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Comorbidity of substance use with depression and other mental disorders: from Diagnostic and Statistical Manual of Mental Disorders, fourth edition (DSM-IV) to DSM-V


Edward V. Nunes, New York State Psychiatric Institute and Department of Psychiatry, Columbia University College of Physicians and Surgeons, New York, NY 10032, USA. E-mail:


Aims  To arrive at recommendations for addressing co-occurring psychiatric and substance use disorders in the development of the Diagnostic and Statistical Manual of Mental Disorders fifth edition (DSM-V) criteria. 

Methods  Synthesis of findings of other papers from a consensus conference and from the literature on diagnosis and treatment of co-occurring psychiatric and substance use disorders. Most of the relevant studies examine co-occurring depression.

Results  The diagnosis and treatment of psychiatric syndromes that co-occur with substance use disorders has been a source of controversy, fueled in part by limitations of pre-DSM-IV nosologies. The DSM-IV scheme of classifying co-occurring disorders as primary (also referred to as independent) or substance-induced has promise in terms of good predictive validity, although pertinent longitudinal and treatment studies are limited. The substance-induced category answers the need of clinicians for a way to categorize patients with clinically significant psychiatric symptoms that occur in the setting of ongoing substance use.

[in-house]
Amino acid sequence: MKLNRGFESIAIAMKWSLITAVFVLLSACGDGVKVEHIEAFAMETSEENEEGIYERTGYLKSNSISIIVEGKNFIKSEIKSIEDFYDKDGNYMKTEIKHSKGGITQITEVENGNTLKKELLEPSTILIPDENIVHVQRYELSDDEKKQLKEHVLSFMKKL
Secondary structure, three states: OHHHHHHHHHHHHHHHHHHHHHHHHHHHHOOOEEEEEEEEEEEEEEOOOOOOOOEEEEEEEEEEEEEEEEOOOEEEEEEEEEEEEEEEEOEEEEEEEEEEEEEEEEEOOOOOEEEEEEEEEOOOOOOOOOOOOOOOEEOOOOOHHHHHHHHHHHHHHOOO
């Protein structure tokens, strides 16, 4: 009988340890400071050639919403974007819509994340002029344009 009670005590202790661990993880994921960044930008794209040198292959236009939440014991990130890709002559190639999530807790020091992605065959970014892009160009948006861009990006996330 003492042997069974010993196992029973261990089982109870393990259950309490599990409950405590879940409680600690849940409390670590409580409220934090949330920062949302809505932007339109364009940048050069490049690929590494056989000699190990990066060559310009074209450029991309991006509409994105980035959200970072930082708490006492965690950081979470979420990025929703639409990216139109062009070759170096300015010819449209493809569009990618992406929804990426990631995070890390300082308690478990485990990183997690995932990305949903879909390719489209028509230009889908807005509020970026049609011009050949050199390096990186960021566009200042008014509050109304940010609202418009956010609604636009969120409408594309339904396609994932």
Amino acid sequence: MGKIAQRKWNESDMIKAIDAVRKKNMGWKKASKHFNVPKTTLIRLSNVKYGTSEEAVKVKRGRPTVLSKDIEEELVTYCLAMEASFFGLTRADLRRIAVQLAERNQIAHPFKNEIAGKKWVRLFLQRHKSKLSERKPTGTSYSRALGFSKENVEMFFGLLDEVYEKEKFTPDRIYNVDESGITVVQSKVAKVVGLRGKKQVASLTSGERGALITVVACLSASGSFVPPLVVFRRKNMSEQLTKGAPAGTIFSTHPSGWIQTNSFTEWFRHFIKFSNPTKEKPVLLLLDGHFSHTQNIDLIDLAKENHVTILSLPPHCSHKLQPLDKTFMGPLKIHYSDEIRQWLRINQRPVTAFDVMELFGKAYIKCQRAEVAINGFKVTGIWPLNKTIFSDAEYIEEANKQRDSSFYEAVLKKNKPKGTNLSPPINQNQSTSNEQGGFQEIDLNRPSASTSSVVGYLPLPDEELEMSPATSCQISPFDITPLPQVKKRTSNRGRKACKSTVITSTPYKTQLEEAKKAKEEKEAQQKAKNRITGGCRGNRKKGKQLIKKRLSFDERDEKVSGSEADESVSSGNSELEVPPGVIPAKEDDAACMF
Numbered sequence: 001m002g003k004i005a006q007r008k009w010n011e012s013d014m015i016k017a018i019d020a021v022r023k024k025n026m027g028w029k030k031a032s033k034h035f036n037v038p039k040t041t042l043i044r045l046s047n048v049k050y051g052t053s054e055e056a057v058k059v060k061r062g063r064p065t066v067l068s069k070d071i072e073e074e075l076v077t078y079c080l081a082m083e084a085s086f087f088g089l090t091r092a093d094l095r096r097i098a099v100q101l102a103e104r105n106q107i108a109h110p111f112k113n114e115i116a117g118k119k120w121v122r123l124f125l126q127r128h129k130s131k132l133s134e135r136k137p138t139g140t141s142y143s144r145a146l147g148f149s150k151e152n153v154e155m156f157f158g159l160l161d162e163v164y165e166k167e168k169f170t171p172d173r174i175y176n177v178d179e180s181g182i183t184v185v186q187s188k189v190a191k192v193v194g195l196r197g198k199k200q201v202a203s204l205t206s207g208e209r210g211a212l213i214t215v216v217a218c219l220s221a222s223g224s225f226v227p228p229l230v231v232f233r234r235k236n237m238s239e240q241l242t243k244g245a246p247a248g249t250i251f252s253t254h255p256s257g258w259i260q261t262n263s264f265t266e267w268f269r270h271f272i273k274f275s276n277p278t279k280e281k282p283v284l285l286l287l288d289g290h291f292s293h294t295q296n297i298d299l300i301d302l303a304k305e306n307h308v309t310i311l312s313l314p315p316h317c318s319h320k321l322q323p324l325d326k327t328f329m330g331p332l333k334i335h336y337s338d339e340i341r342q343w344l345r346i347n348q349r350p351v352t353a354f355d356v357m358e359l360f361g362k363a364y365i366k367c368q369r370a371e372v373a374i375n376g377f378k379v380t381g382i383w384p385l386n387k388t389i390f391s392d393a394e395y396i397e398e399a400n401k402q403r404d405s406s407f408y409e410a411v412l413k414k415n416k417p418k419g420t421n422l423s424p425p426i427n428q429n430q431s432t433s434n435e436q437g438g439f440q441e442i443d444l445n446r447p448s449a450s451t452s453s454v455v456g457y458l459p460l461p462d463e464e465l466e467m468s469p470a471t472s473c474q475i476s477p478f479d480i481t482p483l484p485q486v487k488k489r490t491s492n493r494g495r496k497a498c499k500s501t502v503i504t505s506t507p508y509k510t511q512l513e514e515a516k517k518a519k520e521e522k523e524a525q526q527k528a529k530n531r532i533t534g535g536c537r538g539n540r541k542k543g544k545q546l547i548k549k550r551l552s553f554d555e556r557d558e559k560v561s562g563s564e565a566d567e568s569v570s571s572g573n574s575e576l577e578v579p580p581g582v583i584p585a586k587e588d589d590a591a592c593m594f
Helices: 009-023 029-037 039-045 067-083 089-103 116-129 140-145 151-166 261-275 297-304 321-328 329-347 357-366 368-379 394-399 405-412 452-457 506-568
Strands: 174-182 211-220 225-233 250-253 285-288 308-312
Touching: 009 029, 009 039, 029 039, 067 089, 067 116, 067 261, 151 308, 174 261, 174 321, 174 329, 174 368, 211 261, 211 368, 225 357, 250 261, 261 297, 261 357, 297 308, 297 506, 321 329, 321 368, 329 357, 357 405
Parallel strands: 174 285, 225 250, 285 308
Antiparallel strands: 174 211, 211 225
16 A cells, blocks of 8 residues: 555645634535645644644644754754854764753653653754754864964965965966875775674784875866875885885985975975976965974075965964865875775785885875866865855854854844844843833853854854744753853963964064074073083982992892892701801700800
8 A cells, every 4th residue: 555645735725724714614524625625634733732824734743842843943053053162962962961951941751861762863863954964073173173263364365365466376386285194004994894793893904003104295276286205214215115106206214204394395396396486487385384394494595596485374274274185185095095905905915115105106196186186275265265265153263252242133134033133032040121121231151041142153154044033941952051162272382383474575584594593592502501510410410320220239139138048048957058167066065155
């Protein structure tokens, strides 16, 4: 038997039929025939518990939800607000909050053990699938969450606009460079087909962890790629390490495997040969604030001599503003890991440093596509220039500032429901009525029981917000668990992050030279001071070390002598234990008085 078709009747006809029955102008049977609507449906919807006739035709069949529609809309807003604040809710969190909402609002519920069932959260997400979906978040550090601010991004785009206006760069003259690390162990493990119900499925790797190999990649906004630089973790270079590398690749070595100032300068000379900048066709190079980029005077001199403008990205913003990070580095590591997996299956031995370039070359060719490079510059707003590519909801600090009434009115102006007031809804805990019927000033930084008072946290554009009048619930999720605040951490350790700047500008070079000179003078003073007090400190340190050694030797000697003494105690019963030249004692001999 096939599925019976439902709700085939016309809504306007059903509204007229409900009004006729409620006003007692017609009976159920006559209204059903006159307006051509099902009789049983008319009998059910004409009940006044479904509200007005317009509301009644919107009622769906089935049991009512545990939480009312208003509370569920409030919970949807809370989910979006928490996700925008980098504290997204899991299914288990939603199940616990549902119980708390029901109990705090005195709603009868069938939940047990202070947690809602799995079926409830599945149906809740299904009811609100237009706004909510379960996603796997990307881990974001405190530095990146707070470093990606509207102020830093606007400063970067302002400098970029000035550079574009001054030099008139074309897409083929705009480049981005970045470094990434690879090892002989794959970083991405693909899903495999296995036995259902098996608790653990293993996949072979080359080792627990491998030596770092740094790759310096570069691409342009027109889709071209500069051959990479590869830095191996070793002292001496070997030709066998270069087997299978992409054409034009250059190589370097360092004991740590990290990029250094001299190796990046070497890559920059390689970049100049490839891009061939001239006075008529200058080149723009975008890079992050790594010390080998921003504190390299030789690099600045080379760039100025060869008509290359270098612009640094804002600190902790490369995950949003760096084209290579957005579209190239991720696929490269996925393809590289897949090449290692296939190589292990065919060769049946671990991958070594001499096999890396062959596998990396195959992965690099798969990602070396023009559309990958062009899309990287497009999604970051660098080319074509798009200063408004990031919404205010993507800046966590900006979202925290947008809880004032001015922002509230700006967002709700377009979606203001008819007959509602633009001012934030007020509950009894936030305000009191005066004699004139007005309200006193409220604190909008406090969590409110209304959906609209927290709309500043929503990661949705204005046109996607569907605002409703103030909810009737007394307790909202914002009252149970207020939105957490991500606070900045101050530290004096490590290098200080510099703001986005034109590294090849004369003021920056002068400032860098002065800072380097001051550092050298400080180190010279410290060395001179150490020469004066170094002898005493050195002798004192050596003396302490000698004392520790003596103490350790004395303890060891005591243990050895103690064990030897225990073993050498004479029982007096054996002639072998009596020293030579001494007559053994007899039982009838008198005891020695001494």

Conclusions  DSM-V should retain the primary (independent) and substance-induced categories. In DSM-IV these categories are broadly defined and leave much to clinical judgement. Existing data sets should be brought to bear to refine the criteria, making them more detailed with clearer anchor points and more specificity around particular substances and psychiatric syndromes. More longitudinal studies and clinical trials are also needed. Looking beyond DSM-V, co-occurring psychiatric syndromes are likely to be important in the quest for a nosology founded on pathophysiology.